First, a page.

The Wikimedia Foundation (WMF), the organization behind Wikipedia, has announced that it will no longer accept donations in cryptocurrency, as first reported by Web3 Is Going Just Great. In an update, the WMF says it “has decided to discontinue direct acceptance of cryptocurrency as a means of donating.” It also says it will close its Bitpay account, preventing any future contributions in crypto.
After a lengthy discussion with almost 400 members of the WMF community, the majority voted to do away with crypto contributions 234 to 94. Some of the main arguments concerned the environmental implications of Bitcoin, the risk of scams, as well as the fact that the WMF gets such a low amount of donations in cryptocurrency compared to other forms of payment. The WMF says it received $130,100.94 worth of cryptocurrency donations in 2021, making up just 0.08 percent of the total contributions it received. Following the community’s vote, the WMF held an internal discussion and made the final call to discontinue cryptocurrency donations.
The Wikimedia Foundation has decided to stop accepting cryptocurrency donations. The decision was made based on a community request that the WMF no longer accept crypto donations, which came out of a three-month-long discussion that wrapped up earlier this month. pic.twitter.com/RHAD0FRA5W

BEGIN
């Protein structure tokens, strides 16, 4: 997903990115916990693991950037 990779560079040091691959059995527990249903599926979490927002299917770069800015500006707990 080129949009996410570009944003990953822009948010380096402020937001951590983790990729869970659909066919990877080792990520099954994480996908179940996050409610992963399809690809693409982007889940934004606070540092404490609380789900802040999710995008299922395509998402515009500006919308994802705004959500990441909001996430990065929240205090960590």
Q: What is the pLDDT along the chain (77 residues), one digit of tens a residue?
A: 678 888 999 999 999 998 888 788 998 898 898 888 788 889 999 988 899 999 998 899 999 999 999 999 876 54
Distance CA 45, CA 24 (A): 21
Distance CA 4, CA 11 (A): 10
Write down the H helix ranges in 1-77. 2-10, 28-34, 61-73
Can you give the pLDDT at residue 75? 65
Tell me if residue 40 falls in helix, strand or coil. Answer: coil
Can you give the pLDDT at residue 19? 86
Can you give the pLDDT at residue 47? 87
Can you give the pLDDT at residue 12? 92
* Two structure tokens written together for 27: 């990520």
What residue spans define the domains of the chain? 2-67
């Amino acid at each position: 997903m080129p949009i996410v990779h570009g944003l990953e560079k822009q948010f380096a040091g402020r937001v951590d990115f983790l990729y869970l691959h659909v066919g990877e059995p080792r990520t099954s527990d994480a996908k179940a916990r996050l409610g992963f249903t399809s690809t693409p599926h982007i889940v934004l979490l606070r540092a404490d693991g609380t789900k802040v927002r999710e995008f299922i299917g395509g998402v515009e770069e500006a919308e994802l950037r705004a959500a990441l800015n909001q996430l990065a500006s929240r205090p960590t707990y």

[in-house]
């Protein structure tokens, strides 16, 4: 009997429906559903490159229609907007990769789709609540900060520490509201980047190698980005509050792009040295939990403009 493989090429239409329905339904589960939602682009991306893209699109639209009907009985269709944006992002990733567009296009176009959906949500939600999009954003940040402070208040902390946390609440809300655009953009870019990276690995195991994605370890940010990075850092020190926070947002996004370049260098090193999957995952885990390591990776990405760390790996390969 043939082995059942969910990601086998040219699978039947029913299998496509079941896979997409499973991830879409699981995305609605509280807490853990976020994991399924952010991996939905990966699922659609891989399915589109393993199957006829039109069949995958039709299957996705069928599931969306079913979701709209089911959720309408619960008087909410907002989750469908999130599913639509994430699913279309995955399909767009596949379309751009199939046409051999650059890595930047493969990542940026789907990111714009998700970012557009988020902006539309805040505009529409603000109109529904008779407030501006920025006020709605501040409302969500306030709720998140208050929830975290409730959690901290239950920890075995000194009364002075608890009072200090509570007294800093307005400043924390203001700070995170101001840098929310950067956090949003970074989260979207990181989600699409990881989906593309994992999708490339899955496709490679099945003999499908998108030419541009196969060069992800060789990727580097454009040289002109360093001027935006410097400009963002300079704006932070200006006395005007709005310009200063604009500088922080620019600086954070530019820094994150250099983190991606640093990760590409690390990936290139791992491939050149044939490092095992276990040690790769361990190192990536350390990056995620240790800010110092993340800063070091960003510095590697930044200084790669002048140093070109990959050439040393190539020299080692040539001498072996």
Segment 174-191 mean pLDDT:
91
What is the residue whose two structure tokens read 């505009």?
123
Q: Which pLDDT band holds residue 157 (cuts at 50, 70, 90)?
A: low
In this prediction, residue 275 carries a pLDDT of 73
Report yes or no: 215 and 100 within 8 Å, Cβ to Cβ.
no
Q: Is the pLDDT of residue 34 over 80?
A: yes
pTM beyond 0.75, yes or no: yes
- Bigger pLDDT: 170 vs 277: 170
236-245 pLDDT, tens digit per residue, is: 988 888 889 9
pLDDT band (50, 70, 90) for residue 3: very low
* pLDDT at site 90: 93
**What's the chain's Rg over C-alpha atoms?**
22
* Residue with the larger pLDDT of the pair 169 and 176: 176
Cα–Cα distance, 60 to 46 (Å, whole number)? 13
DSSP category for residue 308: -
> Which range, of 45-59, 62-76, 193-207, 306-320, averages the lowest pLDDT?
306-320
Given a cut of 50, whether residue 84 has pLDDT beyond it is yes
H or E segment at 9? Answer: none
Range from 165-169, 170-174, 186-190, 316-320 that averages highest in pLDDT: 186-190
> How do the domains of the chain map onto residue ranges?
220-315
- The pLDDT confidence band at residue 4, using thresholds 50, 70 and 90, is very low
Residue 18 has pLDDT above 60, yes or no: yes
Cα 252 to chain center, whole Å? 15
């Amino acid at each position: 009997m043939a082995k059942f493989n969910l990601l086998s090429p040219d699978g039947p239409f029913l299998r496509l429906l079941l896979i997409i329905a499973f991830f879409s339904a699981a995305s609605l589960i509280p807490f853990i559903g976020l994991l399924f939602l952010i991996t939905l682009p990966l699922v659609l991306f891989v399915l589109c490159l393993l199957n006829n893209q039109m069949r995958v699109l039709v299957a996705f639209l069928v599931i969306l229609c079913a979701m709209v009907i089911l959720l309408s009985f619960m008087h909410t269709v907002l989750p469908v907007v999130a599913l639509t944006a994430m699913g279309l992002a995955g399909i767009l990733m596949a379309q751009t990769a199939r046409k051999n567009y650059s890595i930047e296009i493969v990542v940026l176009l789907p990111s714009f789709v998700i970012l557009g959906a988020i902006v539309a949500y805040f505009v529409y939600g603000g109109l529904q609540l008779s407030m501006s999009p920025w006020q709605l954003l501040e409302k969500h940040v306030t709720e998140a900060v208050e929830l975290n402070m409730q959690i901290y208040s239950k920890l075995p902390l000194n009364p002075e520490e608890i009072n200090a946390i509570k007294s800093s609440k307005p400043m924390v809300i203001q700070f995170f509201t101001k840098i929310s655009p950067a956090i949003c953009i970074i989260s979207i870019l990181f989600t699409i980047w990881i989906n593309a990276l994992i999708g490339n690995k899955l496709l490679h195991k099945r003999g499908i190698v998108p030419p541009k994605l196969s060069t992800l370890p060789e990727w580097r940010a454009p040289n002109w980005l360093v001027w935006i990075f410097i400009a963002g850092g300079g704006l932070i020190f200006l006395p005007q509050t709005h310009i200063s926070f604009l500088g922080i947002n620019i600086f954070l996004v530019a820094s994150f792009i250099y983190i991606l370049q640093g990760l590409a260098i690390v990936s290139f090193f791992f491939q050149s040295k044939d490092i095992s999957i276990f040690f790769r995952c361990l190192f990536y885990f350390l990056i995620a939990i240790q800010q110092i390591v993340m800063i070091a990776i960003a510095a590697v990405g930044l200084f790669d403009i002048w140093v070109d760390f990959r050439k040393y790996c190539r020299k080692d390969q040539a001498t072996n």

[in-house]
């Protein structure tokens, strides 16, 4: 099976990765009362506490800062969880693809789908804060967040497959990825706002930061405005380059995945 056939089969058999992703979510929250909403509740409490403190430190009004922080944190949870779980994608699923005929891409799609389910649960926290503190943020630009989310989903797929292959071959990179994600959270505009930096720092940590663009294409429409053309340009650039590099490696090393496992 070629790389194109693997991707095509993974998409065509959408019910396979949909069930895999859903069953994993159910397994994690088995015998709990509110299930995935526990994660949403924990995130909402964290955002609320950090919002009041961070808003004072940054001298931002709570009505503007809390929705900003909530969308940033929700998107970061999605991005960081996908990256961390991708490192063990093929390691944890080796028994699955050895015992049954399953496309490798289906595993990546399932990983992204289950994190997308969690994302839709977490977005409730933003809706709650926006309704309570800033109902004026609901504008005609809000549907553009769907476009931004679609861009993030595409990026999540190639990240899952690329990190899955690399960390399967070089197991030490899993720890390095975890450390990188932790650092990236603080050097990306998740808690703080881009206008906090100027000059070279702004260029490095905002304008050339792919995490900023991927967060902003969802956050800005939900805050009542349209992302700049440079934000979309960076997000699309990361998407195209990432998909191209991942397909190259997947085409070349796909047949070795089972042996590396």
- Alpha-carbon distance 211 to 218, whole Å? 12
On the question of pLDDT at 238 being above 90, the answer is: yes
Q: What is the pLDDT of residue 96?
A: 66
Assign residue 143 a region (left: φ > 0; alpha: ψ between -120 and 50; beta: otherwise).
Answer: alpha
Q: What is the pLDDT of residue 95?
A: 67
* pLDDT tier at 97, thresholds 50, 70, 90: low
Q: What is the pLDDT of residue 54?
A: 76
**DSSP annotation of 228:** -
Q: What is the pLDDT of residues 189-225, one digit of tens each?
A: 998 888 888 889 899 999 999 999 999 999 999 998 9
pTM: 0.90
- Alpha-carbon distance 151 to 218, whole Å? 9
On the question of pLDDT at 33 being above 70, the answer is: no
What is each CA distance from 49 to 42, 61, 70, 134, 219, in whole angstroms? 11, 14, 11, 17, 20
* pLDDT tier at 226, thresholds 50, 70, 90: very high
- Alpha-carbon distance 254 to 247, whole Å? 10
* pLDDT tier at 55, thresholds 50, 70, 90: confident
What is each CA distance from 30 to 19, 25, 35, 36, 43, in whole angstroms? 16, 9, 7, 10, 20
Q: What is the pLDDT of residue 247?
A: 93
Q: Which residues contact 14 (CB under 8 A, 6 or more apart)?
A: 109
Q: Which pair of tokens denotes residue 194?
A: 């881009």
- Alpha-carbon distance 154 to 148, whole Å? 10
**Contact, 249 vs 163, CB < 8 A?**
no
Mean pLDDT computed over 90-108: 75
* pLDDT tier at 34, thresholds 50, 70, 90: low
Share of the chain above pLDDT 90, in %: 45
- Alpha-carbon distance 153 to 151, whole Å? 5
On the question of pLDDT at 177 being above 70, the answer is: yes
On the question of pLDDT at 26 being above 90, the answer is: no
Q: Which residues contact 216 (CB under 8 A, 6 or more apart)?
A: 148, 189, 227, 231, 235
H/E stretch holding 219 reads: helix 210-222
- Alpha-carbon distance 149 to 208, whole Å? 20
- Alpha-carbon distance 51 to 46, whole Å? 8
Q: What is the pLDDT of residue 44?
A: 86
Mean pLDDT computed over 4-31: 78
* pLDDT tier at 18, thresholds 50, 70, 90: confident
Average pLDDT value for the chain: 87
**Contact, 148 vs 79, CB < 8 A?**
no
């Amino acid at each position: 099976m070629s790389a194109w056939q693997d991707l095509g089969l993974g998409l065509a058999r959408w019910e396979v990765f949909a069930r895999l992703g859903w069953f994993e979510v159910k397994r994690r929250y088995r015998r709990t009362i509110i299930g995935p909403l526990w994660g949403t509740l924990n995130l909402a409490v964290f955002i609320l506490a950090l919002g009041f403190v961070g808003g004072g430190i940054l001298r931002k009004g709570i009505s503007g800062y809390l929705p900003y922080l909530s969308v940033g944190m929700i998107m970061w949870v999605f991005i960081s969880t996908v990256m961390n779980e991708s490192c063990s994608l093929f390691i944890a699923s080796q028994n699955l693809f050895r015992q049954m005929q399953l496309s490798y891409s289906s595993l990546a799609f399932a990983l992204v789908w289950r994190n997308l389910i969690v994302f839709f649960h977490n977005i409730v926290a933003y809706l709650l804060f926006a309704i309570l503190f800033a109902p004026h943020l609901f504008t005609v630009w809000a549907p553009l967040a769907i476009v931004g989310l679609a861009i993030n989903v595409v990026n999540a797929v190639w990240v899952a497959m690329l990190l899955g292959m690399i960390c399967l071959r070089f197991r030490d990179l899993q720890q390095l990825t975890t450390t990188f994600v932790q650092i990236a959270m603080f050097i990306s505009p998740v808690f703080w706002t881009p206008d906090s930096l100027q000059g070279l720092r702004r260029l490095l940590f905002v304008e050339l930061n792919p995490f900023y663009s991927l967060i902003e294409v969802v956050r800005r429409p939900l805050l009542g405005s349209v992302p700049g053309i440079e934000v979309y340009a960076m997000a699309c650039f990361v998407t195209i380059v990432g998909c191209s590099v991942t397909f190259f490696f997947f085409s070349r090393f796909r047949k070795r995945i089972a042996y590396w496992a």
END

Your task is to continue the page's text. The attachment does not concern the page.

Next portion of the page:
— Molly White (@molly0xFFF) May 1, 2022
The WMF first began accepting Bitcoin, Bitcoin Cash, and Ether donations in 2014, but a number of issues prompted the organization to reevaluate this policy. Molly White, a longtime Wikipedia editor and the creator of Web3 Is Going Just Great, proposed the WMF stop taking cryptocurrency donations in January, arguing that it contradicts the organization’s commitment to environmental sustainability and also signals that the Wikimedia Foundation supports “inherently predatory” investments.
White (who goes by the username GorillaWarfare on Wikipedia) also cited Mozilla’s reevaluation of its involvement in the crypto space. Mozilla ultimately decided to cease cryptocurrency donations in April after receiving backlash from users, developers, and one of its founders, Jamie Zawinski, for posting a tweet reminding users that it accepts donations in Bitcoin and Ethereum.
“I’m really happy that the Wikimedia Foundation implemented the request from its community, and I’m really proud of my community for making what I feel was the ethical decision after a lot of thoughtful discussion,” White said in a statement to The Verge. “There are just too many issues with crypto for any potential donation revenue to be worth the cost of helping to legitimize it.”
The WMF concluded its update by saying it “will continue to monitor this issue” and will “remain flexible and responsive to the needs of volunteers and donors.”
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